“Oh God oh God!” Fred’s ears flattened even more at the squeaky sound of his own tiny voice. “Please change us back! You can’t keep us like this!”
The mouse laughed. “Of course I can.” She closed her fist again, and began walking briskly around the building. As she passed by the front lobby, the employees inside—including Jim—gawked at her through the windows. She waved the hand with the duffel bag at them.
Flint’s new car was tiny—Mr. Kerwin had dryly commented on the irony—but it was beautiful, a fire red roadster she routinely drove too fast. Ignoring the continued, increasingly frantic pleadings from both tiny canines, she tossed the duffel bag in the passenger seat, climbed in and started the engine.
Leaning back in the driver’s seat, she opened her hand and looked down at the two, which cut George’s sobbing offer to give her all the money and his boat and his house off mid-sentence. “I told you this wasn’t a negotiation.” She readjusted her glasses. “You know who my employer is, and you knew the risks in stealing from him.”
“You don’t have anything left to give. We have the money. We have your business assets.”
“No! I mean I’ll give you those things! Not your boss! You!”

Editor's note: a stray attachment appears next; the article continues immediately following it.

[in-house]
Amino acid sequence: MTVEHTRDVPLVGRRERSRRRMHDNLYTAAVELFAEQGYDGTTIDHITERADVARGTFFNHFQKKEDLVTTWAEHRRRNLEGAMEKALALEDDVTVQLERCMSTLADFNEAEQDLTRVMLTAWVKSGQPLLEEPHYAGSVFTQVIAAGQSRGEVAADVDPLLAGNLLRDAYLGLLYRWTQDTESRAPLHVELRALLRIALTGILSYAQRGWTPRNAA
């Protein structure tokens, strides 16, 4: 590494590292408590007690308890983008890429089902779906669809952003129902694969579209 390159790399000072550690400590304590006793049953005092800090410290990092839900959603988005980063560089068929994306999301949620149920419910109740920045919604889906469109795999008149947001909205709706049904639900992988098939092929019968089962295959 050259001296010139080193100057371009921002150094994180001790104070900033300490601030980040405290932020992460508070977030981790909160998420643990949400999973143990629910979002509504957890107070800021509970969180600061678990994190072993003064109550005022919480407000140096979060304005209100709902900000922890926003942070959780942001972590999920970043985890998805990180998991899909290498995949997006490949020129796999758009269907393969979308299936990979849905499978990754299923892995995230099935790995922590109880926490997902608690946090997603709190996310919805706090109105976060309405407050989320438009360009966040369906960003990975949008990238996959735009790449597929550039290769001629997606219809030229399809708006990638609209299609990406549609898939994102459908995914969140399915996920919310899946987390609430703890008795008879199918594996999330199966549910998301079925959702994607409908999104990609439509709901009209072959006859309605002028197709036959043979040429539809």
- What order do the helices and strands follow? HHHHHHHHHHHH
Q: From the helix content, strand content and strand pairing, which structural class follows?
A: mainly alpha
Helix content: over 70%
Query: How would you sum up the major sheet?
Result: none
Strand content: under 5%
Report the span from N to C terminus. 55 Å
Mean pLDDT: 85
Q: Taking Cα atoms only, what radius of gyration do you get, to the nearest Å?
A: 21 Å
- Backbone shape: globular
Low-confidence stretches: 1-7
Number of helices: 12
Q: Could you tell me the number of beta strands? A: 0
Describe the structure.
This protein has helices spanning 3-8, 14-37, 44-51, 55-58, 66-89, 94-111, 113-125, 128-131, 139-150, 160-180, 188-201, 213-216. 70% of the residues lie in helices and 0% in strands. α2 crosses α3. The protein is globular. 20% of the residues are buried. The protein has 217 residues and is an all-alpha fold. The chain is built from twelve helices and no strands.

“I’m getting what I want, George.” She picked him up between thumb and forefinger of one hand, then shifted the grip on Fred to pick him up the same way in her other hand, and dangled the kicking little coyotes in front of her face. “A new car, more money than I’ve ever dreamed of, and a job that literally pays me to be a giantess. And once in a while…” She licked her lips and lowered her voice to a husky whisper. “I get the most wonderfully exotic lunches.”
She waited for them to start screaming before she tilted her head back, opening her jaws wide, and letting them drop one by one. If they were still screaming when she drove off a couple minutes later, she couldn’t hear over the road. Their air would run out soon enough.
Miss Flint wasn’t, as a rule, one to be impressed by the size of architecture. But she couldn’t help but stop, three steps past the foyer, and stare up at the chandelier over the sitting room. It wasn’t that the fixture was so dazzling, although in her old life it would have seemed unimaginably upper-crust. No, it was the height. “That has to be twenty feet up!”
“It’s a twenty-eight foot ceiling. I’ve always liked this interior style, the second floor overlooking the first.” Mr. Kerwin gestured at the wide spiral staircase and the balcony overhead. “Now, it only matters if you like it. But for a woman who might like to…stretch out at times, a room that’s big in every dimension could be a selling point.”
She laughed, then turned to the real estate agent. The badger wore a screamingly yellow three-piece suit with wide lapels. It made him look less like a respected businessman than an overdressed lemon. “You’re sure this is in my price range? This has got to be twice the size that I’d suggested to Mr. Kerwin.”
“Based on the figures I received, it’s fully within your budget, Miss Flint.” He walked on in, motioning them to follow. “As I believe I’d mentioned, this house is a short sale, with a very motivated seller. It’s a great deal, just phenomenal. And I think a well-to-do woman such as yourself will just love the place, ma’am. Let me show you around. We’ll start with the study.”